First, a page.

Skip to comments.FREEP CBS for False "Gay Marriage" Claims on Amazing Race
Posted on 06/04/2003 1:51:53 PM PDT by Vitamin A
The Amazing Race is one of the most popular TV shows. Unfortunately, CBS has chosen to use the term "married" to describe the relationship of two males from California who are featured on that show. As such, CBS is effectively broadcasting to the nation that "marriage" between two men is valid and exists, despite the fact that NO state in the U.S. recognizes two men as being "married" to each other. At most, Vermont has recognized a "civil union" between two males, but that law was expressly designed not to use the term "marriage" or "married." California and Hawaii have given rights to "domestic partners," but likewise have expressly NOT used the word "marriage" or "married" to describe them.
CBS's intentional use of the term "married" to describe two males from California is an outright misrepresentation--i.e., a lie--for political purposes. I have friends whose children have been confused and questioned their parents when they see the "married" word come up under the male couple as they appear on the TV screen (not to mention the male couple's kiss in the show's intro). My friends, and I, certainly do not appreciate CBS's decision to turn marriage on its head during primetime viewing just to push a political agenda.
Below, I've posted an article which details CBS's lamest of lame non-excuses for using the "married" term.
I am writing to encourage you to take just a minute to express your opinion on this matter to CBS. You can do so by going to www.cbs.com. Go to the bottom of the homepage and click the "Feedback" button. An email frame will pop up on your screen and allow you to provide a comment.
Please pass this along to friends if you feel so inclined.
Culture: CBS Married Gays in Race?
WorldNetDaily May 29, 2003 Source: http://www.worldnetdaily.com/news/article.asp?ARTICLE_ID=32814
MEDIA MATTERS CBS television thrusting 'married gays' on public Network's 'Amazing Race' promotes real-life men as joined in matrimony Posted: May 29, 2003 1:00 a.m. Eastern By Joe Kovacs © 2003 WorldNetDaily.com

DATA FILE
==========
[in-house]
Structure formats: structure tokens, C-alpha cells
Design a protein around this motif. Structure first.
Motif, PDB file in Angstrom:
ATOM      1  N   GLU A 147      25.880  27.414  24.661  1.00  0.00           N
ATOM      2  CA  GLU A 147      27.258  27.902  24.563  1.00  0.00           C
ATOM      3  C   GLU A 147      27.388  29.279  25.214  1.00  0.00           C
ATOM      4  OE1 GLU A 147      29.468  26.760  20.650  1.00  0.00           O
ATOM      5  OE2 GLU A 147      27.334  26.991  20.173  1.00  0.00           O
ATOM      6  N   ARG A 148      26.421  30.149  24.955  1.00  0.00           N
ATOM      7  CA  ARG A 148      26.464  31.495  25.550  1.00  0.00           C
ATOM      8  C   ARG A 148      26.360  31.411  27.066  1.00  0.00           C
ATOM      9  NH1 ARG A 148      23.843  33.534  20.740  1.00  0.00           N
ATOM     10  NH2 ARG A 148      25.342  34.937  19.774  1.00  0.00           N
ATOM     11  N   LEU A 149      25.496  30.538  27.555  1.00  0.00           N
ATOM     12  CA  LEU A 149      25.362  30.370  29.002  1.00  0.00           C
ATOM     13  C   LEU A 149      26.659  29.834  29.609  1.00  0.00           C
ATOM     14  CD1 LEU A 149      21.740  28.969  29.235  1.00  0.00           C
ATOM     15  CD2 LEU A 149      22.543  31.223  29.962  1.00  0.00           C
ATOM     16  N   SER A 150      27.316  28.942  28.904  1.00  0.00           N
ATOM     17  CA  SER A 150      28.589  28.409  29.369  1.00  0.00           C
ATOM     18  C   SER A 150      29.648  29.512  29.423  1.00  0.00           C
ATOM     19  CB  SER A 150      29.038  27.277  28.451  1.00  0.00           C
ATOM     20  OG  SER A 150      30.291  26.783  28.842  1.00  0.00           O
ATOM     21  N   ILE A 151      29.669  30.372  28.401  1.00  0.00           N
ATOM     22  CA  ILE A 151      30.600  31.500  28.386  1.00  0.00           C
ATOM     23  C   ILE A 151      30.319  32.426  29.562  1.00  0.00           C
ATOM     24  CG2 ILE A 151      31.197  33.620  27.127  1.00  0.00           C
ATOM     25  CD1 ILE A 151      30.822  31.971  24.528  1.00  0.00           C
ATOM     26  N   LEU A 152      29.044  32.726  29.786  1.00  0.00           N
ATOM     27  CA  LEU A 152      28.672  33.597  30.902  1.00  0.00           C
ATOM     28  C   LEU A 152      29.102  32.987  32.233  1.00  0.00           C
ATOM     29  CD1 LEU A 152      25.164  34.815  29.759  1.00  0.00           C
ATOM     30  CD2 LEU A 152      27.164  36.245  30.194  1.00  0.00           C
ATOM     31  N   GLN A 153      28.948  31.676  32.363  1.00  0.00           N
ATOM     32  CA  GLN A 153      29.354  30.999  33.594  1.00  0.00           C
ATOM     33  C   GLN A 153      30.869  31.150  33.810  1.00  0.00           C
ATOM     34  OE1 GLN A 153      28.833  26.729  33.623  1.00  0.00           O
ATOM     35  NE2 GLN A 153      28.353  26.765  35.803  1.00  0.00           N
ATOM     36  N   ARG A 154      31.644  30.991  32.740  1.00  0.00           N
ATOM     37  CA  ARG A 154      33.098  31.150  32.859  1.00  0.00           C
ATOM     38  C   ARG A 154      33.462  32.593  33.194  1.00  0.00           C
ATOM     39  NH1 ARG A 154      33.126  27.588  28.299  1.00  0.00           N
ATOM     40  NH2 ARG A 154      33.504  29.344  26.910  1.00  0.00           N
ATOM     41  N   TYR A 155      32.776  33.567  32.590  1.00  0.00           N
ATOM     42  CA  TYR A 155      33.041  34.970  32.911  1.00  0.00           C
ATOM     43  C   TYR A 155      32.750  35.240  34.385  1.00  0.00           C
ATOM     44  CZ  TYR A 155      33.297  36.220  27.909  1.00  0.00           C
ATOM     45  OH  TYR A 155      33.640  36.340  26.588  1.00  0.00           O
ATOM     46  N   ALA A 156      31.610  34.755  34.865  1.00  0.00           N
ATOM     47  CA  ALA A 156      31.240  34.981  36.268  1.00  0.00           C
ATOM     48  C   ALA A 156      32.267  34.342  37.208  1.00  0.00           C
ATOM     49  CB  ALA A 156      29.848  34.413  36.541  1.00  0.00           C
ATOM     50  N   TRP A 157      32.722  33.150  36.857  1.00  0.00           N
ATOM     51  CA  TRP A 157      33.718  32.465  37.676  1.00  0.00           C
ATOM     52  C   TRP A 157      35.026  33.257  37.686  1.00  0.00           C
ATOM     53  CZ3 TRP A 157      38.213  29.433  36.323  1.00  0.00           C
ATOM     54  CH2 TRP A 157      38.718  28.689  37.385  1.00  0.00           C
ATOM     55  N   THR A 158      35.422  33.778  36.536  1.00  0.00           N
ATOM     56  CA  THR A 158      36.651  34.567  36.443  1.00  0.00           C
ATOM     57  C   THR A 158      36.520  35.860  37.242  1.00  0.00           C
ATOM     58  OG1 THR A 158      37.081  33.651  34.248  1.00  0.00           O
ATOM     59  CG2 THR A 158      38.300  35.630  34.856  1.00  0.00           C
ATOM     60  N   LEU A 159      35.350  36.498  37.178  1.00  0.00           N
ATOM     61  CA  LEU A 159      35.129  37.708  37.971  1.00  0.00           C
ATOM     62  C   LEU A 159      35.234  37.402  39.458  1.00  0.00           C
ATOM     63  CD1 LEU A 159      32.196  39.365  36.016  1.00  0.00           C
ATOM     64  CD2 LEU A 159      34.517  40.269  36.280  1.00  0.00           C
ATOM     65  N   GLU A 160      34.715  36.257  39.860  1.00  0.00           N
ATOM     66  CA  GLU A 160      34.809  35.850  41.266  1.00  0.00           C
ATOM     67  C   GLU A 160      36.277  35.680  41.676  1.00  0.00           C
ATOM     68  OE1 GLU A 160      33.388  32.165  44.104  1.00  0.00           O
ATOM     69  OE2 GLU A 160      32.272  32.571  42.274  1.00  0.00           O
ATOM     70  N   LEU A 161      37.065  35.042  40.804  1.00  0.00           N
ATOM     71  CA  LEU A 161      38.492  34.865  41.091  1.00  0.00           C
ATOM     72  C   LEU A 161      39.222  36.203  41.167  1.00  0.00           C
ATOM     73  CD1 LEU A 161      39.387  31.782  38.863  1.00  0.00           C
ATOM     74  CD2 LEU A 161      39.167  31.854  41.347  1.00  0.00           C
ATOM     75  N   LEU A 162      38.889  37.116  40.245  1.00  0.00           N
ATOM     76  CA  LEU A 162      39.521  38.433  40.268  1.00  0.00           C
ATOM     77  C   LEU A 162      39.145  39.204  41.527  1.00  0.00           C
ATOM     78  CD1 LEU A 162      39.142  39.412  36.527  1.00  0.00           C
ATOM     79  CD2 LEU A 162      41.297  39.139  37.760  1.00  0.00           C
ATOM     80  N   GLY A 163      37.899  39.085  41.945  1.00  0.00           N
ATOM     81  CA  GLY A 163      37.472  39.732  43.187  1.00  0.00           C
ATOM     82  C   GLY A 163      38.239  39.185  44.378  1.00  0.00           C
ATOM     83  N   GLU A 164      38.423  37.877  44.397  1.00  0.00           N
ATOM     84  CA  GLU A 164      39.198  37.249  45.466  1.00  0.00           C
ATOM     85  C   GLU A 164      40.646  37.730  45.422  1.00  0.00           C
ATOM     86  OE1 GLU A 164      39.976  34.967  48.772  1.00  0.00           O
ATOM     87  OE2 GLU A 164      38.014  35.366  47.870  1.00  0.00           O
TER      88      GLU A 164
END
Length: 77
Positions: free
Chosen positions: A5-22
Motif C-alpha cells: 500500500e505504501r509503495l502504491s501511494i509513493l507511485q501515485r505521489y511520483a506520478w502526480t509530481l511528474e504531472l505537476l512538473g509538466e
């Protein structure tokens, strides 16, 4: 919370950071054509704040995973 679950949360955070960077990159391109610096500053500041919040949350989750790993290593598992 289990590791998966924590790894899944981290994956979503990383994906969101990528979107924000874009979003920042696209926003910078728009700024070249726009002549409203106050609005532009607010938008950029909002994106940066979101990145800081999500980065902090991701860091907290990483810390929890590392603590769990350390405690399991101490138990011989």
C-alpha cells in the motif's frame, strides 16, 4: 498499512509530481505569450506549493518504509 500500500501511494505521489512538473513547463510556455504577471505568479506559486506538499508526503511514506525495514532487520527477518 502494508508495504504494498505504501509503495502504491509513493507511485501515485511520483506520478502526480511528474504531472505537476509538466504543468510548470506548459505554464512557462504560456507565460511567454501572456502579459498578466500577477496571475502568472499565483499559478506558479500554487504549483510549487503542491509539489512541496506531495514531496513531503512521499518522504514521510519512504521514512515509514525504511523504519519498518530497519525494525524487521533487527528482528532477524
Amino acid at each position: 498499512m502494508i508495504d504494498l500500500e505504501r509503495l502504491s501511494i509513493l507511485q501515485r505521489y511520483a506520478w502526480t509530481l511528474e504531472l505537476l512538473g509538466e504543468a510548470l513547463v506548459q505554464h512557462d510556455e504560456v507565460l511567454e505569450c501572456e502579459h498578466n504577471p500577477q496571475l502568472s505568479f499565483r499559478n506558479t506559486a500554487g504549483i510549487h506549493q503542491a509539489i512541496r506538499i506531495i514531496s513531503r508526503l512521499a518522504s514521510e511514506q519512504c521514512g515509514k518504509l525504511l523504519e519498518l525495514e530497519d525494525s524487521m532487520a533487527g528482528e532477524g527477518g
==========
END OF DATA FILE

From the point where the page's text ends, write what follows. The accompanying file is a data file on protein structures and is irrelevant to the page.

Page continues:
CBS Television is promoting tonight's debut of "The Amazing Race 4" by proudly proclaiming a male homosexual couple on the show to be married to each other.
The primetime reality show features 12 teams of two people with a pre-existing relationship racing around the world in a quest for a million-dollar prize.
'Married' male couple on CBS
In current promotional ads on the air, the network touts one of the teams - consisting of two men - as ''The Married Couple.''
"Yes, they are a married, gay couple," a CBS spokeswoman tells WorldNetDaily. "They're married and they're gay. Is there an issue?"
On the show's website, viewers are encouraged to click on biographical links for the teams, to learn more about their personal lives. The write-up on the "married" male couple includes the following:
Twenty-eight-year-old Reichen is a pilot and teaches at a flight school in Los Angeles. A former U.S. Air Force officer and a graduate of the U.S. Air Force academy, he is married to his teammate Chip. He loves skiing and flying and is very into being physically fit. He describes himself as "detail-oriented, caring and thrill-seeking." He speaks French and has traveled internationally quite a bit. Reichen's views on relationships are much more liberal than Chip's - He enjoys flirting with other guys, but that makes Chip upset. Owned by Viacom, CBS says "Amazing Race" has previously featured "gay" contestants, but this is the first time it's trumpeting homosexuals as actually being married to each other.
"They bring a tremendous amount of enthusiasm into the show. They're great!" says the network.
When WorldNetDaily pressed CBS to find out more about the alleged matrimony of its contestants, the network explained that's what Reichen and Chip had written in their application to be on the program.
"Why can't they say they're married? What's the difference?" said the CBS spokeswoman. She went on to state she "believe[d] it's legal in certain states," though she did not specify where the Californians had any binding ceremony, if in fact they had one at all.
Family advocates are blasting CBS's marketing move, saying there's no such thing as legal homosexual marriage in the U.S.
"Two men is not a marriage. It's pretend marriage," says Robert Knight, a former news editor at the Los Angeles Times who is now director of the Culture and Family Institute.
"This is profoundly dishonest and is intended to persuade Americans that so-called 'gay marriage' is already a reality, when no jurisdiction in America has legalized it."